‘The longevity revolution has the potential to transform healthcare in our lifetime’

The Buck Institute’s CEO Eric Verdin on why longevity research has transformative power, but the field must tread carefully between the hype and the noise.

The Buck Institute is all about living better for longer – investigating and deciphering the biology of aging to end the threat of age-related disease. Aging is the number one risk factor for chronic disease, so the Buck deploys cutting edge science and technology and leading gerontologists in order to tackle it – but searching for immortality is definitely not something on its agenda.

Longevity.Technology: The Buck Institute is headed up by Dr Eric Verdin;  highly cited and with a Glenn Award for Research in Biological Mechanisms of Aging, over 210 scientific papers and more than 15 patents under his belt, he is first and foremost a scientist. As longevity goes mainstream, gaining longer air time and more column inches, there is a danger that the more fringe or extreme areas of the field become the focus, rather than the efforts to improve healthspan for people living today.

We sat down with Dr Verdin, President and CEO of The Buck Institute, to discuss these concerns and find out why searching for a philosopher’s stone might be good for Harry Potter but is the wrong direction for geroscience.

Eric Verdin on…

Keeping it real

It’s not my intention to sound like the big, grumpy old man of aging research, or a naysayer killing people’s hope! There are few people who are more excited by where this field is going and the acceleration of the research than I, but I also feel we are getting ahead of our skis a little bit when I read certain statements.

“Immortality” – that word has unfortunately come back. Words like that, or statements like “don’t die” are, in my opinion, completely out of place in a scientific discourse. We are not working on immortality – frankly, it’s never going to happen. There’s no evidence it is going to happen, and I’d question whether it would even be desirable. Talking about 150, 180-year lifespans is also completely premature. It doesn’t help – sure it creates hope, it creates clicks, sells books and might sell supplements, but it’s a distraction and one that alienates us from people who are serious about biomedical research.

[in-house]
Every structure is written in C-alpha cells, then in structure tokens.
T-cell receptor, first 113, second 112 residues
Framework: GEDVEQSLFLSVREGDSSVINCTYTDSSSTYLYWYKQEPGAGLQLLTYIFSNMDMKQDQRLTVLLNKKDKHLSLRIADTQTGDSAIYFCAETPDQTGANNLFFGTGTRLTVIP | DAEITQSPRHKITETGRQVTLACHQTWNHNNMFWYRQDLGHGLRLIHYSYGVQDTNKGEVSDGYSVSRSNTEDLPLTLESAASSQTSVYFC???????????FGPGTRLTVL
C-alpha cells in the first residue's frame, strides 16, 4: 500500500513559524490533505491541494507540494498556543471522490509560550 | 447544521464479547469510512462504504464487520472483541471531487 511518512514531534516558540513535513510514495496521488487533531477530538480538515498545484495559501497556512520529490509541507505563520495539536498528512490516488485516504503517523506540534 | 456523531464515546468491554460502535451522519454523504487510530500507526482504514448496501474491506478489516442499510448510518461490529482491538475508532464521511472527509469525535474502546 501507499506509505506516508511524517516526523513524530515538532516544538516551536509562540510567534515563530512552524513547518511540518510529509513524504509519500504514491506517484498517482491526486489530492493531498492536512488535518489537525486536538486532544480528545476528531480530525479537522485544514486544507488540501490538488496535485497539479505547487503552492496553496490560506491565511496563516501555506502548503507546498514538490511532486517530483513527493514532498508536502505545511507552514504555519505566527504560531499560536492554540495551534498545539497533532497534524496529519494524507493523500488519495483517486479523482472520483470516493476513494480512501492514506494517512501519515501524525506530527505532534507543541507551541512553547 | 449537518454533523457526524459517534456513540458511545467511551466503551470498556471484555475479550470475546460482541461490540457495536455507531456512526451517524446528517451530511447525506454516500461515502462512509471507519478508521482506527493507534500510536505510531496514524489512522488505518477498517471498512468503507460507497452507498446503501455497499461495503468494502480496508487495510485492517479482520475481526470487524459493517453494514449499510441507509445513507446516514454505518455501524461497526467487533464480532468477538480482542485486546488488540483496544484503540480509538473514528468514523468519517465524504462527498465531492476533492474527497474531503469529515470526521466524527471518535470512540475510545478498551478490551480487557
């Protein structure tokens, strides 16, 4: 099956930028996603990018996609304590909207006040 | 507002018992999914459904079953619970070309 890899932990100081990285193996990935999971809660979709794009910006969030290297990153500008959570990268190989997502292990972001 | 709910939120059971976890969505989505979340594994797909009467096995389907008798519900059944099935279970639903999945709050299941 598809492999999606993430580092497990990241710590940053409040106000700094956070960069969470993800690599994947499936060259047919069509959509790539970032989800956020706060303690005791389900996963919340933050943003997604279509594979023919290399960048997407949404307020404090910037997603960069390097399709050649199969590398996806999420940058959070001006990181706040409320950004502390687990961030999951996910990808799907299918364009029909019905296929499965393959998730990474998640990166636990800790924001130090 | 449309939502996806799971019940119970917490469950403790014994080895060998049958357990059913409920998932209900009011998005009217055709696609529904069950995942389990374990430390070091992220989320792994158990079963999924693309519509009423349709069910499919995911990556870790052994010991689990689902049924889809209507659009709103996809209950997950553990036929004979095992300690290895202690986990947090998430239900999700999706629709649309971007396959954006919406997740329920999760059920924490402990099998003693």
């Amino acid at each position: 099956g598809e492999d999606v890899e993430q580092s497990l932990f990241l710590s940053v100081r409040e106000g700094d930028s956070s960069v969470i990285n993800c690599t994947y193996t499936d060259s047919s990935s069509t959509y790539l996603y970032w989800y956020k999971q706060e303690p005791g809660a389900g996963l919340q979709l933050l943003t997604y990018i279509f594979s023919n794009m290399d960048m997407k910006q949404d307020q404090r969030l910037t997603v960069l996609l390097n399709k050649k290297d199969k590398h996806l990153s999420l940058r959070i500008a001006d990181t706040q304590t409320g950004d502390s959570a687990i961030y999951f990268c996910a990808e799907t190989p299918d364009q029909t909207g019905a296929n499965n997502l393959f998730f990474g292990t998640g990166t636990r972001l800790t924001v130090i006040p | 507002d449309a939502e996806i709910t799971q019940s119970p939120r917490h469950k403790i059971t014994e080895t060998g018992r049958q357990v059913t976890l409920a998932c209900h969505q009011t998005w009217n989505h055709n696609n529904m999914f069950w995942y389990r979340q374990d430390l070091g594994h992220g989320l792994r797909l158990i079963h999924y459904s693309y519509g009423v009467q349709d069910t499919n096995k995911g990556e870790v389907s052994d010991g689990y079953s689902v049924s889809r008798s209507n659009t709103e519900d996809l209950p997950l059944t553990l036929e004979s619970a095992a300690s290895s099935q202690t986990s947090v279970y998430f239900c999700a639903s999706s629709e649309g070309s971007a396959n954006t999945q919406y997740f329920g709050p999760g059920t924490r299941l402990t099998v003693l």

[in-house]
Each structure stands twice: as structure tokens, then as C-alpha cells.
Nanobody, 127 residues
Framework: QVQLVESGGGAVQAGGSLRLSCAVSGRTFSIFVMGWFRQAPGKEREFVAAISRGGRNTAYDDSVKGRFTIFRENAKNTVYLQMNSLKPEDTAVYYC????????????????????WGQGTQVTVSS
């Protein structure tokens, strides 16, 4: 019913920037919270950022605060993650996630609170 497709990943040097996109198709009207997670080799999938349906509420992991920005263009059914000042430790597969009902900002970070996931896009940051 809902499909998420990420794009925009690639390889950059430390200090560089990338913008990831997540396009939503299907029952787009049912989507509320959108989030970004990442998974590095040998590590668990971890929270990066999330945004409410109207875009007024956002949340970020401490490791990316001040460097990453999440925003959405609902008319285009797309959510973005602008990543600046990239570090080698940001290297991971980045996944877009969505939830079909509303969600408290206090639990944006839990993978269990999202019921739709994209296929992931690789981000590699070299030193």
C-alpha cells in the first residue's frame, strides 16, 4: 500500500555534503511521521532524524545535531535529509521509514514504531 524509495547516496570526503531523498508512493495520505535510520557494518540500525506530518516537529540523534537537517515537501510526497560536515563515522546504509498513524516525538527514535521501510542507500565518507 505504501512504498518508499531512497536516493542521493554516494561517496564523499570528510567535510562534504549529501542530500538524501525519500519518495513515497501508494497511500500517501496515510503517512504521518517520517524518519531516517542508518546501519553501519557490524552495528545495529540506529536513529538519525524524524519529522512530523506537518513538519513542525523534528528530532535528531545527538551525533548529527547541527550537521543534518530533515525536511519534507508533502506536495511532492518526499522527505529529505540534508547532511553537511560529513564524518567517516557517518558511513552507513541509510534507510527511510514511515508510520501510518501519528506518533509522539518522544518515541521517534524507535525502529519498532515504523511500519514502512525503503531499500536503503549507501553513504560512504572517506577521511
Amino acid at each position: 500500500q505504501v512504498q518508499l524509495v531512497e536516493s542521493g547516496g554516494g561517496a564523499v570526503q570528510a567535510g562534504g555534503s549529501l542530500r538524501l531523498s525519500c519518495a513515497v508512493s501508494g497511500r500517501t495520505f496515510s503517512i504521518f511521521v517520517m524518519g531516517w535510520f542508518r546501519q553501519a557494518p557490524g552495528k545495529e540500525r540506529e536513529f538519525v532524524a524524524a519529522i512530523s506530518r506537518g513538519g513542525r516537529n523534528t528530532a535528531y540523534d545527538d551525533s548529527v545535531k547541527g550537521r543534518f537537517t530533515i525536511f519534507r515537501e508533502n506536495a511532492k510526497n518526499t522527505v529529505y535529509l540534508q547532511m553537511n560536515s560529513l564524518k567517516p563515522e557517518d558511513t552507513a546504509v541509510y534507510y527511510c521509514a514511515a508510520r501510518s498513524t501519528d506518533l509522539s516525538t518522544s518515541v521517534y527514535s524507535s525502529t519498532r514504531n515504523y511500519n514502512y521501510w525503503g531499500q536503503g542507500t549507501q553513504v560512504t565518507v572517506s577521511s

A transformative opportunity

But, living to 100 in good health is doable, and that’s what’s not being discussed enough – that transformation. Gaining 25 years of lifespan in good health would be transformative.

If geroscience wants to be taken seriously, by the medical world, which will be critical in bringing this revolution to patients, we need to start making statements like that and work to implement what we know and really make a difference in people’s lives.

We can talk about living to 150 until we’re blue in the face, but we’re not going to deliver it anytime soon.

Necessary partners

We will not implement this revolution without the help of physicians, working with them, understanding what it’s like to work with patients. With all the promise of aging research, you would have though that Pharma would jump in, but they are looking at the field with a degree of skepticism and hostility. VCs have an eye for detecting the best opportunities, but not many of them are in the aging space; some are dipping their toes, but they reference the ‘hype and snake oil’ in the field. The serious scientists get drowned out by the noise of the crazy claims.